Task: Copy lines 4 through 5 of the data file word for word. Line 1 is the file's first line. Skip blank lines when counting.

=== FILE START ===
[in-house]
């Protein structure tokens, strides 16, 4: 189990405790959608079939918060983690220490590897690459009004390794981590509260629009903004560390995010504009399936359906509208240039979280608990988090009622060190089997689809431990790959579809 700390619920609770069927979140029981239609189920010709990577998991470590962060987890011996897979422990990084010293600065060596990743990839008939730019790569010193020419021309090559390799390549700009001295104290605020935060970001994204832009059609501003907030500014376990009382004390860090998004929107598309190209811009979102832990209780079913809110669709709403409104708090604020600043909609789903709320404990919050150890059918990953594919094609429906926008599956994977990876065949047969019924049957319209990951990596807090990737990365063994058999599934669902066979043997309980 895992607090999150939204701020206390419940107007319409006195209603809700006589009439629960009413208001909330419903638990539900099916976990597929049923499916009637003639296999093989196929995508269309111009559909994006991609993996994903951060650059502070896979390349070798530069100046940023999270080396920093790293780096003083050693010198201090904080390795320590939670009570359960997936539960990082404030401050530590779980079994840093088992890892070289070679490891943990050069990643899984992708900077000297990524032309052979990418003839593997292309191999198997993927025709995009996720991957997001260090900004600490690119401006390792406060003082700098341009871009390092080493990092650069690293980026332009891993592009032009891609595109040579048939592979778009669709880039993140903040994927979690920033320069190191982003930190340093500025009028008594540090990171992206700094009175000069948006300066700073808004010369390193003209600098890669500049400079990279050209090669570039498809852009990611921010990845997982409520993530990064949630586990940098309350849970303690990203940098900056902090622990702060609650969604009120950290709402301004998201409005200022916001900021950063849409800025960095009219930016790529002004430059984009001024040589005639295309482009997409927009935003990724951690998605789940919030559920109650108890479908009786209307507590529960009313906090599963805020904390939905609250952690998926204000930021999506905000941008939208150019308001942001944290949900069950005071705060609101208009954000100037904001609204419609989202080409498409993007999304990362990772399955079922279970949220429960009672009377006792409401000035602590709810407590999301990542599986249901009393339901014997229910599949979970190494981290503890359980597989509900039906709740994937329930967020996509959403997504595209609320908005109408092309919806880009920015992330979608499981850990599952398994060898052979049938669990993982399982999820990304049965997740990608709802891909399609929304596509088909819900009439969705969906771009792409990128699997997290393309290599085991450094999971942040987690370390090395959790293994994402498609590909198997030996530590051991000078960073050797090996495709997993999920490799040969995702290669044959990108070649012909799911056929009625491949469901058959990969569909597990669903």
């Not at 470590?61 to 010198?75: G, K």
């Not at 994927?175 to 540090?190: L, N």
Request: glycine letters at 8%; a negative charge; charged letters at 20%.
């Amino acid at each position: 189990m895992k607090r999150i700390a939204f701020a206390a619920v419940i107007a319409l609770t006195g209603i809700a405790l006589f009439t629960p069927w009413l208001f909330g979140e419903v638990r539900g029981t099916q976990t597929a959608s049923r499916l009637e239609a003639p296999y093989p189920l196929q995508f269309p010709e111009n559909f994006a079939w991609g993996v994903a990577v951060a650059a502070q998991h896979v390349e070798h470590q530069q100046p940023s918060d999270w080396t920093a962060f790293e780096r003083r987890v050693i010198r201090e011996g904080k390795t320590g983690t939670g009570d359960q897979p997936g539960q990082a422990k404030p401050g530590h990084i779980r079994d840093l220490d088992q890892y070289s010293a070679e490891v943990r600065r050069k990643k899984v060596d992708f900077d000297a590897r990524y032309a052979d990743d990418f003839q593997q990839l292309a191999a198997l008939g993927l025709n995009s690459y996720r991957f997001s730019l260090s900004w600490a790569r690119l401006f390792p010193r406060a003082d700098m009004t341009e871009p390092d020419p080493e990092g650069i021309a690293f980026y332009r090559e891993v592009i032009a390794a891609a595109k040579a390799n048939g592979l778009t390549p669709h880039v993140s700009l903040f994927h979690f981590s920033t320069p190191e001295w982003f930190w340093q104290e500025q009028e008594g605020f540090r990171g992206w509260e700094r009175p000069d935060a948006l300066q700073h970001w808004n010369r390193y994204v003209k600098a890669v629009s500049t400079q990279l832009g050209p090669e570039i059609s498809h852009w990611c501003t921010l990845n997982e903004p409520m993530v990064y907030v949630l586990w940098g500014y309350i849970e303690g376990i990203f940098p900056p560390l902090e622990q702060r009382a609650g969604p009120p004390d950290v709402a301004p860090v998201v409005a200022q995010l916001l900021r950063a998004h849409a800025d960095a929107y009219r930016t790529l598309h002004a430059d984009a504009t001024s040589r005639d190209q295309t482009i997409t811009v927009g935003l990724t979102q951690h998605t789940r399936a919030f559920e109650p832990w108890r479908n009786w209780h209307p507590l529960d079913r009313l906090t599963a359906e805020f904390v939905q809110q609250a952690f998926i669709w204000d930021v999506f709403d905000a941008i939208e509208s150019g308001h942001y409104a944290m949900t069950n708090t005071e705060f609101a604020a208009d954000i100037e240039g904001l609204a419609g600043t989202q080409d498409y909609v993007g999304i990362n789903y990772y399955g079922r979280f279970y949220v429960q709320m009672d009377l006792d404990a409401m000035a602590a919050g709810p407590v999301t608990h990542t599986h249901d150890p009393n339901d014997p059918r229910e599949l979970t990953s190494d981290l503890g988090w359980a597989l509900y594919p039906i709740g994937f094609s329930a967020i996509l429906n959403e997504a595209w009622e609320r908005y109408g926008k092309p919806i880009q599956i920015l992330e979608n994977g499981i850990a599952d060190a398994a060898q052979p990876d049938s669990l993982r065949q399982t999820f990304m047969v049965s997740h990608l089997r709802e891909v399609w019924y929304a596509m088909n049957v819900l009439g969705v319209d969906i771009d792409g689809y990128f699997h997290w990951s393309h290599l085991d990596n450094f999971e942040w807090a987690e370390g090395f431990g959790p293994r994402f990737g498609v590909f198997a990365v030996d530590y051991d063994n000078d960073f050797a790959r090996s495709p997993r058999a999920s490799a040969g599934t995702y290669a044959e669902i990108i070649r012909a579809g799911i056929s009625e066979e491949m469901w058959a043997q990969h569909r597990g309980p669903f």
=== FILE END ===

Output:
């Not at 994927?175 to 540090?190: L, N």
Request: glycine letters at 8%; a negative charge; charged letters at 20%.